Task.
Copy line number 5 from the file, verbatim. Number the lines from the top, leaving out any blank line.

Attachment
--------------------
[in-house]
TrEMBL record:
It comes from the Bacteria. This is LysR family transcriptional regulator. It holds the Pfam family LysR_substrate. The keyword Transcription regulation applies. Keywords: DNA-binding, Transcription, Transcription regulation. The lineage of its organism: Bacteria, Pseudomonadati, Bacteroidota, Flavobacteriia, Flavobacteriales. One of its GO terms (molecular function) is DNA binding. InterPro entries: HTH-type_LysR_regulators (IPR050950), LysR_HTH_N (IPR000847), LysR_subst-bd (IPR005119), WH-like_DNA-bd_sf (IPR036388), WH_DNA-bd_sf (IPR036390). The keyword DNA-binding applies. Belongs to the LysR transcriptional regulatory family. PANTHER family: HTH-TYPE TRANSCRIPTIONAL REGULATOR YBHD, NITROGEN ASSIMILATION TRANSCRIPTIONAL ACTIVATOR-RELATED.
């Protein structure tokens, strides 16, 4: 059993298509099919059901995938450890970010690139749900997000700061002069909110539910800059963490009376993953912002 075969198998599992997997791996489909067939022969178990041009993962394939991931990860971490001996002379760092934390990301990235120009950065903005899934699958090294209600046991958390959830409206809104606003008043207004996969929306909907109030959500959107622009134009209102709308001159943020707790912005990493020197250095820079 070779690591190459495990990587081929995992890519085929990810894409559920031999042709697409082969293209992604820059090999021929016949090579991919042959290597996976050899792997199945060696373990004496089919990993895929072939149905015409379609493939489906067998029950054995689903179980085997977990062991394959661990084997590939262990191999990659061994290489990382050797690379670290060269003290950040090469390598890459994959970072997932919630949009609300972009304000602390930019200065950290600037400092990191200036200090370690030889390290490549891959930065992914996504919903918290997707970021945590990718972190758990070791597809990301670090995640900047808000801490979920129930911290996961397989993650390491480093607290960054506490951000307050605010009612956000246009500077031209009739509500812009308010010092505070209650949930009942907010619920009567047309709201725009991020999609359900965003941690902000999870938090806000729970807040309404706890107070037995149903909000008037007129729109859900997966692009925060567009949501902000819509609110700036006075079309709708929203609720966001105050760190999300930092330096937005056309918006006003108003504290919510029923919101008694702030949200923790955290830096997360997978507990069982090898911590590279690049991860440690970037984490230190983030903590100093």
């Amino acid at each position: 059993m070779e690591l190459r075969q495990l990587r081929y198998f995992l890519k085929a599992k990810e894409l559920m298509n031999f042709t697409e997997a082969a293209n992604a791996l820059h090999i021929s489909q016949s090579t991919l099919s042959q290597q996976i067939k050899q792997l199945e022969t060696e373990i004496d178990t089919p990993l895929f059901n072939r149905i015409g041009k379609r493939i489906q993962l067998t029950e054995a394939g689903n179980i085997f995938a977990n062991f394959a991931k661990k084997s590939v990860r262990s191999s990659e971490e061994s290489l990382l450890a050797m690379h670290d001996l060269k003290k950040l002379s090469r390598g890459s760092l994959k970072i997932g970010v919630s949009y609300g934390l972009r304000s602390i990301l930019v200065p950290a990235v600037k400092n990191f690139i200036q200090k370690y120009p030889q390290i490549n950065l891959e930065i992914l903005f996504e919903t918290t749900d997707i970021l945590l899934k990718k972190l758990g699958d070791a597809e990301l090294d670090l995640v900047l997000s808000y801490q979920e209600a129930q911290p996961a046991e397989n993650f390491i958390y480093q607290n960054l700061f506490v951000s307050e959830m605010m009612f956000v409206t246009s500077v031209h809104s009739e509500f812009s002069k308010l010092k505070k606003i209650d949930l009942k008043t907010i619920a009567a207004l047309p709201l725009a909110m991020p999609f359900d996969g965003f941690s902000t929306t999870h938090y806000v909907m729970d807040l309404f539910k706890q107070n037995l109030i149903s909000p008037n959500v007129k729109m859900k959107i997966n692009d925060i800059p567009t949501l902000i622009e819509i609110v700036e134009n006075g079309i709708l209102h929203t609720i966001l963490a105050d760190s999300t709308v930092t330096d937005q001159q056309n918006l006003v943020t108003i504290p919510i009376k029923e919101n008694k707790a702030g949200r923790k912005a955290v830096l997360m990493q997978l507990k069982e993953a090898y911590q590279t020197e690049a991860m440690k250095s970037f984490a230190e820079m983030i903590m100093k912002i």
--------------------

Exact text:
């Amino acid at each position: 059993m070779e690591l190459r075969q495990l990587r081929y198998f995992l890519k085929a599992k990810e894409l559920m298509n031999f042709t697409e997997a082969a293209n992604a791996l820059h090999i021929s489909q016949s090579t991919l099919s042959q290597q996976i067939k050899q792997l199945e022969t060696e373990i004496d178990t089919p990993l895929f059901n072939r149905i015409g041009k379609r493939i489906q993962l067998t029950e054995a394939g689903n179980i085997f995938a977990n062991f394959a991931k661990k084997s590939v990860r262990s191999s990659e971490e061994s290489l990382l450890a050797m690379h670290d001996l060269k003290k950040l002379s090469r390598g890459s760092l994959k970072i997932g970010v919630s949009y609300g934390l972009r304000s602390i990301l930019v200065p950290a990235v600037k400092n990191f690139i200036q200090k370690y120009p030889q390290i490549n950065l891959e930065i992914l903005f996504e919903t918290t749900d997707i970021l945590l899934k990718k972190l758990g699958d070791a597809e990301l090294d670090l995640v900047l997000s808000y801490q979920e209600a129930q911290p996961a046991e397989n993650f390491i958390y480093q607290n960054l700061f506490v951000s307050e959830m605010m009612f956000v409206t246009s500077v031209h809104s009739e509500f812009s002069k308010l010092k505070k606003i209650d949930l009942k008043t907010i619920a009567a207004l047309p709201l725009a909110m991020p999609f359900d996969g965003f941690s902000t929306t999870h938090y806000v909907m729970d807040l309404f539910k706890q107070n037995l109030i149903s909000p008037n959500v007129k729109m859900k959107i997966n692009d925060i800059p567009t949501l902000i622009e819509i609110v700036e134009n006075g079309i709708l209102h929203t609720i966001l963490a105050d760190s999300t709308v930092t330096d937005q001159q056309n918006l006003v943020t108003i504290p919510i009376k029923e919101n008694k707790a702030g949200r923790k912005a955290v830096l997360m990493q997978l507990k069982e993953a090898y911590q590279t020197e690049a991860m440690k250095s970037f984490a230190e820079m983030i903590m100093k912002i």